Dealing with a car accident can be challenging, especially when dealing with insurance companies. It is a common expectation that, after an accident, you will receive a fair and accurate estimate for your damages. However, what if you suspect the insurance company’s estimate is not made in good faith? Bad faith estimates can seriously undermine your ability to recover and move forward after an accident.

You need to recognize and address these estimates to ensure you get the compensation you deserve. Sometimes, insurance companies might try to minimize their payout to protect their bottom line. Having the knowledge and tools to handle such situations can make all the difference in your recovery process.

Learn to recognize bad faith estimates

A bad faith estimate usually stands out because it does not seem to align with the extent of damages you have sustained. The signs can include estimates that do not cover all the damages, ignore professional assessments or disregard your medical bills and other related expenses.

Gather your evidence

The first step in countering a bad-faith estimate is gathering all your evidence. Document everything related to the accident. This includes photos of the damages, any medical records and repair quotes from trusted professionals.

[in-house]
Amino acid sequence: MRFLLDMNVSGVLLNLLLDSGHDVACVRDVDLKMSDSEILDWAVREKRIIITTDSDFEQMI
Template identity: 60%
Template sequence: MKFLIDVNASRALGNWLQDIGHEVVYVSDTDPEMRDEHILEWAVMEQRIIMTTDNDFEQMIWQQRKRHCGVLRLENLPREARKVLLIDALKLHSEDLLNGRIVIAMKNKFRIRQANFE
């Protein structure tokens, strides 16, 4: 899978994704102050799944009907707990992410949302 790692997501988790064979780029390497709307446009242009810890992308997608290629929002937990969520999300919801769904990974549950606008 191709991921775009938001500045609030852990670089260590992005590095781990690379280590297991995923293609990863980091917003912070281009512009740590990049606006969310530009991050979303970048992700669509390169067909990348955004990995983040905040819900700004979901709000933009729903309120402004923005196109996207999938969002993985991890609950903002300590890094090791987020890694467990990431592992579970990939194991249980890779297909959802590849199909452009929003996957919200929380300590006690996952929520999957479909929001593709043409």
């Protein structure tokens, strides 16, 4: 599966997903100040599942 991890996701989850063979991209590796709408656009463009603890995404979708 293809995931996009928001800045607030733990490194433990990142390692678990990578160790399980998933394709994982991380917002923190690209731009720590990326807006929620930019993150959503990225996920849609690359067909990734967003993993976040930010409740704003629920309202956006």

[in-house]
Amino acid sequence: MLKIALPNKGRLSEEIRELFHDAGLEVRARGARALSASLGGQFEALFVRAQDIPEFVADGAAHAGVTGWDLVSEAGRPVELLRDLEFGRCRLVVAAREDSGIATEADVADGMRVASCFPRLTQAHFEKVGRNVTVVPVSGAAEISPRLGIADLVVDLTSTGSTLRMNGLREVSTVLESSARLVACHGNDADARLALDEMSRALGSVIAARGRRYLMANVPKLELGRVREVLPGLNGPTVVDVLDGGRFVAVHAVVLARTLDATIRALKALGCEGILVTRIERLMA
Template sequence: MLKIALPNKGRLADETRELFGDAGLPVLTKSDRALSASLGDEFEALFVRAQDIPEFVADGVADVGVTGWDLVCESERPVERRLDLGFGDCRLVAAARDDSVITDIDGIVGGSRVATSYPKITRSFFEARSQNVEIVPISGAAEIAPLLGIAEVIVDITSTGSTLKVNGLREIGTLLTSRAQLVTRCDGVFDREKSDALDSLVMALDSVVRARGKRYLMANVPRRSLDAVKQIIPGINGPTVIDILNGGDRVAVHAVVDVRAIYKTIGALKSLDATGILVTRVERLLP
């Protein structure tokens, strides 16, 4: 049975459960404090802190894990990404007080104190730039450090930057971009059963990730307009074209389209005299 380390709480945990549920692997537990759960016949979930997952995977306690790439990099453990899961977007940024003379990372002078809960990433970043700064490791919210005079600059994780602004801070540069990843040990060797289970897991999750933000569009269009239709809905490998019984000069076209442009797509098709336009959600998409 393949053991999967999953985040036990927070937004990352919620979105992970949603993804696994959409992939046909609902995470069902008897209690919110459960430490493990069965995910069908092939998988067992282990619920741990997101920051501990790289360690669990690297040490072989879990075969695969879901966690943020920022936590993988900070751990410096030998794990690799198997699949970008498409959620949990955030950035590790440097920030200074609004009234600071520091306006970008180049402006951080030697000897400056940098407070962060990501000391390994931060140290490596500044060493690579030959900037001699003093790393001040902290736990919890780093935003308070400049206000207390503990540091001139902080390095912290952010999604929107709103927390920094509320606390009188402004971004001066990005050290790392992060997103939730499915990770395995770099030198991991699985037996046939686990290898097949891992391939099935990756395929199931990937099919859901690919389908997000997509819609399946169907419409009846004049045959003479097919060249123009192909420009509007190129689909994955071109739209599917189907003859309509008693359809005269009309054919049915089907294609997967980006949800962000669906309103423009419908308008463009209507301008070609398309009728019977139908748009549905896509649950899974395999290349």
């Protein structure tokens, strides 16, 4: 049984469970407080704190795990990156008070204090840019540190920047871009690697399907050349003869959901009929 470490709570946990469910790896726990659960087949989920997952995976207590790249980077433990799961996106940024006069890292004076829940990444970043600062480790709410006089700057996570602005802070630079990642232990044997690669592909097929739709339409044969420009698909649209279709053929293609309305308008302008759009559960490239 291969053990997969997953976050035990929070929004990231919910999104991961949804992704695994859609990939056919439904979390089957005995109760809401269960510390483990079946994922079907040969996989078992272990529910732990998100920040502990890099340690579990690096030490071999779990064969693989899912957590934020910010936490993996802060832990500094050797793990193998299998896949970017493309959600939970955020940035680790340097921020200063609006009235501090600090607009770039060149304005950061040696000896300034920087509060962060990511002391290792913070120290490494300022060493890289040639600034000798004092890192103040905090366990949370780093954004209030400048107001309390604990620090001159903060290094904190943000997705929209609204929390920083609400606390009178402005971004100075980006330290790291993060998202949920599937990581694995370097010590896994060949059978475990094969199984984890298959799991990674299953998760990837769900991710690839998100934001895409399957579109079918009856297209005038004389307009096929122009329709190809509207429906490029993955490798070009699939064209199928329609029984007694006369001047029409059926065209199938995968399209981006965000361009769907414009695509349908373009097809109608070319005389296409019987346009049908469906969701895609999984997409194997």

Get several repair estimates

Do not rely solely on the estimate provided by the insurance company. Instead, obtain multiple estimates from reputable repair shops. Doing this can establish a more accurate range of the costs associated with fixing your vehicle.

Challenge the estimate

If you believe the insurance company’s estimate is inaccurate, challenge it. Present the evidence you gathered and the alternative repair estimates. Engage in a discussion and prepare to negotiate for a fairer assessment of your damages.

Familiarize yourself with the terms of your insurance policy and the obligations of your insurance provider. If you feel they are not acting in good faith, you can file a complaint with the Illinois Department of Insurance. This agency oversees state insurance practices and can guide you on your next steps.

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